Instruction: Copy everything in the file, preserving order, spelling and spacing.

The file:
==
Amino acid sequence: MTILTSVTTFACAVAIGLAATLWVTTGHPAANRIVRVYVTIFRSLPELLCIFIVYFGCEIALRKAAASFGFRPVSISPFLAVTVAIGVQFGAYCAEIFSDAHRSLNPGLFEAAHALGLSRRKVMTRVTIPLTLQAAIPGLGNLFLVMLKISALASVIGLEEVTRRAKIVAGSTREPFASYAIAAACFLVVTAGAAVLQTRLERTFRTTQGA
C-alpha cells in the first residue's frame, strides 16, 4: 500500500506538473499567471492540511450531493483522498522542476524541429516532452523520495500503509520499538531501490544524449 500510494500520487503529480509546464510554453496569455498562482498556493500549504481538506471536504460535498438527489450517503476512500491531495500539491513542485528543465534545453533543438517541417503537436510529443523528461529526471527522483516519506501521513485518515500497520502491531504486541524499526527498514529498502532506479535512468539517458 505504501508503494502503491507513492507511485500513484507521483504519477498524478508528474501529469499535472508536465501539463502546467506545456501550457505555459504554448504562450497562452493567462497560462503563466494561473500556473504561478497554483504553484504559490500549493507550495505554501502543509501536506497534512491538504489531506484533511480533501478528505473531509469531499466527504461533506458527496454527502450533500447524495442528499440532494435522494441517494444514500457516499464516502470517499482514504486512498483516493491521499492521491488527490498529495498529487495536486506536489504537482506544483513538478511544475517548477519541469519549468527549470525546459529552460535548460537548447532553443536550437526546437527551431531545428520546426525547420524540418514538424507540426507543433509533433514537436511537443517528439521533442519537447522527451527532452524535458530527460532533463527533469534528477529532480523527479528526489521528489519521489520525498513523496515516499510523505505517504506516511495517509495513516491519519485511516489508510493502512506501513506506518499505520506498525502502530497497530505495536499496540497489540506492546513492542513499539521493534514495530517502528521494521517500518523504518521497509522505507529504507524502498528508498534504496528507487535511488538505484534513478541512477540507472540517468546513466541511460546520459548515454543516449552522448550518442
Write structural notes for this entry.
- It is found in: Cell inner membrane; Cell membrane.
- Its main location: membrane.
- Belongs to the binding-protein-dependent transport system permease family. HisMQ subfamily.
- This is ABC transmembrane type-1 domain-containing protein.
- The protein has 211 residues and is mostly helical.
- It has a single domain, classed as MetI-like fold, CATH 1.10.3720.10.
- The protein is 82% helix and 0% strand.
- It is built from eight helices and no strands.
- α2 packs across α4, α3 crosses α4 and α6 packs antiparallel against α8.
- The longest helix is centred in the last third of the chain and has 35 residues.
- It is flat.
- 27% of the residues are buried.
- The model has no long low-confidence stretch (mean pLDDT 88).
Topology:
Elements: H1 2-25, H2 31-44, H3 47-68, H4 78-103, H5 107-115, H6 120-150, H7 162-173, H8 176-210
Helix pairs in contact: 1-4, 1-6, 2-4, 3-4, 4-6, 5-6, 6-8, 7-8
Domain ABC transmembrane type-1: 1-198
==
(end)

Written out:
Amino acid sequence: MTILTSVTTFACAVAIGLAATLWVTTGHPAANRIVRVYVTIFRSLPELLCIFIVYFGCEIALRKAAASFGFRPVSISPFLAVTVAIGVQFGAYCAEIFSDAHRSLNPGLFEAAHALGLSRRKVMTRVTIPLTLQAAIPGLGNLFLVMLKISALASVIGLEEVTRRAKIVAGSTREPFASYAIAAACFLVVTAGAAVLQTRLERTFRTTQGA
C-alpha cells in the first residue's frame, strides 16, 4: 500500500506538473499567471492540511450531493483522498522542476524541429516532452523520495500503509520499538531501490544524449 500510494500520487503529480509546464510554453496569455498562482498556493500549504481538506471536504460535498438527489450517503476512500491531495500539491513542485528543465534545453533543438517541417503537436510529443523528461529526471527522483516519506501521513485518515500497520502491531504486541524499526527498514529498502532506479535512468539517458 505504501508503494502503491507513492507511485500513484507521483504519477498524478508528474501529469499535472508536465501539463502546467506545456501550457505555459504554448504562450497562452493567462497560462503563466494561473500556473504561478497554483504553484504559490500549493507550495505554501502543509501536506497534512491538504489531506484533511480533501478528505473531509469531499466527504461533506458527496454527502450533500447524495442528499440532494435522494441517494444514500457516499464516502470517499482514504486512498483516493491521499492521491488527490498529495498529487495536486506536489504537482506544483513538478511544475517548477519541469519549468527549470525546459529552460535548460537548447532553443536550437526546437527551431531545428520546426525547420524540418514538424507540426507543433509533433514537436511537443517528439521533442519537447522527451527532452524535458530527460532533463527533469534528477529532480523527479528526489521528489519521489520525498513523496515516499510523505505517504506516511495517509495513516491519519485511516489508510493502512506501513506506518499505520506498525502502530497497530505495536499496540497489540506492546513492542513499539521493534514495530517502528521494521517500518523504518521497509522505507529504507524502498528508498534504496528507487535511488538505484534513478541512477540507472540517468546513466541511460546520459548515454543516449552522448550518442
Write structural notes for this entry.
- It is found in: Cell inner membrane; Cell membrane.
- Its main location: membrane.
- Belongs to the binding-protein-dependent transport system permease family. HisMQ subfamily.
- This is ABC transmembrane type-1 domain-containing protein.
- The protein has 211 residues and is mostly helical.
- It has a single domain, classed as MetI-like fold, CATH 1.10.3720.10.
- The protein is 82% helix and 0% strand.
- It is built from eight helices and no strands.
- α2 packs across α4, α3 crosses α4 and α6 packs antiparallel against α8.
- The longest helix is centred in the last third of the chain and has 35 residues.
- It is flat.
- 27% of the residues are buried.
- The model has no long low-confidence stretch (mean pLDDT 88).
Topology:
Elements: H1 2-25, H2 31-44, H3 47-68, H4 78-103, H5 107-115, H6 120-150, H7 162-173, H8 176-210
Helix pairs in contact: 1-4, 1-6, 2-4, 3-4, 4-6, 5-6, 6-8, 7-8
Domain ABC transmembrane type-1: 1-198